Though it is mentioned heavily in the documentation, Addresses are not available in the Related navigation. It might be my environment, it might be my mistake. There is an awful lot of related entities available, which would have no relevance to a Household. I would hope that this is my mistake and not how Microsoft wants it to appear.

As you can see, the Address form has some significant fields added to it. Dates for a start. The addresses maybe temporary for summer housing etc. so they have added a Start and End date to the form. These dates are also augmented with a Seaosonal start/end month/day which indicates that this address is normally the

Households are built up of contacts of various types, as we have discussed, Salutations, for when you address the household group, Addresses and connections.


Organisations are a type of Account. They have their own view, driven by the Account Type field.

The Organisation form is pretty vanilla, with a couple of extra fields, Acquisition Date/Source and Constituent Type. My option sets are tied to local options sets rather than global, this may be a corruption of my environment.

There is an additional tab, IATI. This stands for International Aid Transparency Initiative which is a campaign to create transparency in the spending and receiving of aid money. This global set of rules defines what to document and how to ensure any money is spent on the intended recipient.

Organisations are completed with Addresses, salutations, connections and preferences as already discussed.

Benefit Recipient

As a nonprofit takes in contributions, they have to ensure the funds get disbursed to the relevant organisation or individual. These are called Benefit Recipients in the accelerator.

The form is pretty sparse. Most of the detail is in the associated records. You can see though there is a hierarchical relationship on benefit recipients, as well as a type. You can associate a benefit recipient with either an account or contact. If the benefit recipient is not an account or contact but a thing such as an area or animal then the recipient is associated with a Resource Catalog.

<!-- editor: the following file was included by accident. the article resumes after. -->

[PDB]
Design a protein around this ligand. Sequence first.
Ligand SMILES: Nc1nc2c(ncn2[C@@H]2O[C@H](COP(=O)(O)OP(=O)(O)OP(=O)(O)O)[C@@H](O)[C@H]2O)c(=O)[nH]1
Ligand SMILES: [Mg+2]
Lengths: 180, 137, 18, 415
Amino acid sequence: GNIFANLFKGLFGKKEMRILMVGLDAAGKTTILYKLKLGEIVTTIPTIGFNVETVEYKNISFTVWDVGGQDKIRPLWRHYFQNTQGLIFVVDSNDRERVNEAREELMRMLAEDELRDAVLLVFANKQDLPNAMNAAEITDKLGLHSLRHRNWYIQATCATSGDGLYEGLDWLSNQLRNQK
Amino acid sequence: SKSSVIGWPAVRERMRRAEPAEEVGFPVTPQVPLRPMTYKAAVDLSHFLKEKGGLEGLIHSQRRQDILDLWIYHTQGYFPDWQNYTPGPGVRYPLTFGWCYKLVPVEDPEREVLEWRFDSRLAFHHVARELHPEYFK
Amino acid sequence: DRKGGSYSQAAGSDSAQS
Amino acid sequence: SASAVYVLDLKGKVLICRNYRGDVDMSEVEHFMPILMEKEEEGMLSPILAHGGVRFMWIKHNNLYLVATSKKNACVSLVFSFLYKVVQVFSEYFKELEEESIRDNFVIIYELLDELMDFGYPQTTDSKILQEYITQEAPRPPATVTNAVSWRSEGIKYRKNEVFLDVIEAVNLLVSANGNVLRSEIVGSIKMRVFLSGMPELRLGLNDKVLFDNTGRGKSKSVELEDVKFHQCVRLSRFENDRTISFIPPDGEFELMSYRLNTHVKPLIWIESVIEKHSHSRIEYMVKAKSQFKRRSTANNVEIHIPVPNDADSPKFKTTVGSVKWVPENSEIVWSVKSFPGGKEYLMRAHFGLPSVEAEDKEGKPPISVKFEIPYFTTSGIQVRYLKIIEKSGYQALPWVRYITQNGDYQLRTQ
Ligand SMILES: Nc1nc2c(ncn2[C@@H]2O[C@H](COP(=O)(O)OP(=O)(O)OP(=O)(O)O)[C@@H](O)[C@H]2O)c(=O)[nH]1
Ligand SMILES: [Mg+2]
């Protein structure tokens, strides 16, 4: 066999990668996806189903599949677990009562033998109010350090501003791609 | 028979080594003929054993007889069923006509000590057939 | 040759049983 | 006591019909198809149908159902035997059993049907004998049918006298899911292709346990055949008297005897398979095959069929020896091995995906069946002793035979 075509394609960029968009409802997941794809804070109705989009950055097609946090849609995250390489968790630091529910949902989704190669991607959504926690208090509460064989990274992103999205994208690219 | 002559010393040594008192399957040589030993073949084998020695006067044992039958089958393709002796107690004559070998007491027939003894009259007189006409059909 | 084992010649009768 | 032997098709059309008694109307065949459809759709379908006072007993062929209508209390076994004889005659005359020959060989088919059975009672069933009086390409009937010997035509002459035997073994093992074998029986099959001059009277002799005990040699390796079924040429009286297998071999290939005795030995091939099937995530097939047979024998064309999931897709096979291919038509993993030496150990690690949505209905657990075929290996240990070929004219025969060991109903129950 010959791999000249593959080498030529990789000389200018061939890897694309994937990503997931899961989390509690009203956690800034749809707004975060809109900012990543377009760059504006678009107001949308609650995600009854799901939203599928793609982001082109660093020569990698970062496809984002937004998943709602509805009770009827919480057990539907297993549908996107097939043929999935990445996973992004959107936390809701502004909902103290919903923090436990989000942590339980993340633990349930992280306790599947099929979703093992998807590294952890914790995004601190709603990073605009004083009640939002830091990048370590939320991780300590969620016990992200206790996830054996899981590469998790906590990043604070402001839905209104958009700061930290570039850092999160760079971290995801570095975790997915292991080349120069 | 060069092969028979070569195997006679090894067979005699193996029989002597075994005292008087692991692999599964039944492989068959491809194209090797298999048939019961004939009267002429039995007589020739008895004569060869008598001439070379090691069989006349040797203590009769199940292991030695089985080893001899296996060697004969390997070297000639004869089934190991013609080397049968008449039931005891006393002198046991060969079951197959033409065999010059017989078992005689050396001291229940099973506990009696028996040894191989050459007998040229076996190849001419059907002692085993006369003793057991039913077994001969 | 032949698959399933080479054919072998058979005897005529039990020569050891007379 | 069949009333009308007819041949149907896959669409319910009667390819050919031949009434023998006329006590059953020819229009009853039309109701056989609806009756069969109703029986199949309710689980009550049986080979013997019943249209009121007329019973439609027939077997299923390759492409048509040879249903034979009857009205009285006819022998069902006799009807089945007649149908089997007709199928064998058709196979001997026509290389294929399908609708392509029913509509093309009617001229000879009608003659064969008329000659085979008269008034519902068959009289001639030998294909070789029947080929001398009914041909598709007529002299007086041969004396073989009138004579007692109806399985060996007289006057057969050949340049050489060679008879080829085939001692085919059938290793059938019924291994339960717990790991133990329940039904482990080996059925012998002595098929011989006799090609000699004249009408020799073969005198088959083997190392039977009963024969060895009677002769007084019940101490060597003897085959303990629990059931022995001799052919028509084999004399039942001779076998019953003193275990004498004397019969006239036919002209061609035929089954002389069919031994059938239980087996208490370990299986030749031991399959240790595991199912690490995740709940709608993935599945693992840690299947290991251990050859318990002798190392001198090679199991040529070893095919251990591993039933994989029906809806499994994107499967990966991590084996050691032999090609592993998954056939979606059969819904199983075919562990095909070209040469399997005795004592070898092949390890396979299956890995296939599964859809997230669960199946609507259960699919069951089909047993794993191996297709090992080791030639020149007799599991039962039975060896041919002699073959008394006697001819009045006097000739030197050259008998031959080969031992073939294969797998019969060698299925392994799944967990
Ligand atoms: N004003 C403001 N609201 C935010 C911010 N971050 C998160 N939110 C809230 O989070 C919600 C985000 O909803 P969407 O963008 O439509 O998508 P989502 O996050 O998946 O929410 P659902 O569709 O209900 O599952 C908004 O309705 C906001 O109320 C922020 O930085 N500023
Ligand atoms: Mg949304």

Like I have already alluded to, the Benefit Recipient is a simple entity, the linked entities is where the information is held. I wonder why Microsoft did not include more of the secondary records on the main form rather than relying on the Related fields. I assume, as the accelerator is meant to be a starting template, each nonprofit would have their own requirements for which grids would be used, and it is simpler to allow customisation from a blank slate.

Benefit Recipients displays any child records associated with this record. Delivery Frameworks indicate the project or programme to which the funds will be given. Disbursements are indicators of actual funds that went out to a recipient. Indicator Values are measures that trigger the benefit recipient. Each of these entities is part of a larger application so will delve into their detail in subsequent posts.


With any organisation, Leads are an essential way of bringing in new opportunities to an organisation. In the nonprofit world, Leads are defined around bringing in new donors and organisations, and to a lesser extent volunteers. They can also be used to indicate interest in an award or grant from the nonprofit via a delivery framework, less formal than a Request.

On the form, there are several fields for where the lead is to become a beneficiary of funds, indicated in the Red boxes below. The expected amount, when they want the funds, how long for are listed. The Application deadline and letter of intent date, request type and is a renewal fields are available to denote information about applications. Dockets are a groupings of leads to be discussed at a programme board or similar where decisions on individual applications are made.

The orange box indicates fields relevant when the lead is for a benefactor individual or organisation.

The other tabs are standard D365 information. Leads are the starting point for many things, so are related to the entities that a lead converts to as well as entities that track the donation as it progresses through your organisation as well as entities that ensure the funds are received and distributed accurately and transparently.


There are a couple of Constituent dashboards, around Households and Organisations


The first set of graphs are breaking down Active Donor commitments by Household broken down by household then by commitment type. The bar chart breaks down active commitments per household, broken down by campaign.

The next graph shows each household and the value committed over time. The final list shows donor commitments associated with households.


The organisation dashboard is very similar, indicating commitments associated with an organisation rather than a household.

The left pie chart highlights the number of pledges by organisations and the right shows those pledges by commitment type.

The final pair of graphs highlight the pledges per organisation by campaign and the value of those pledges per organisation over time.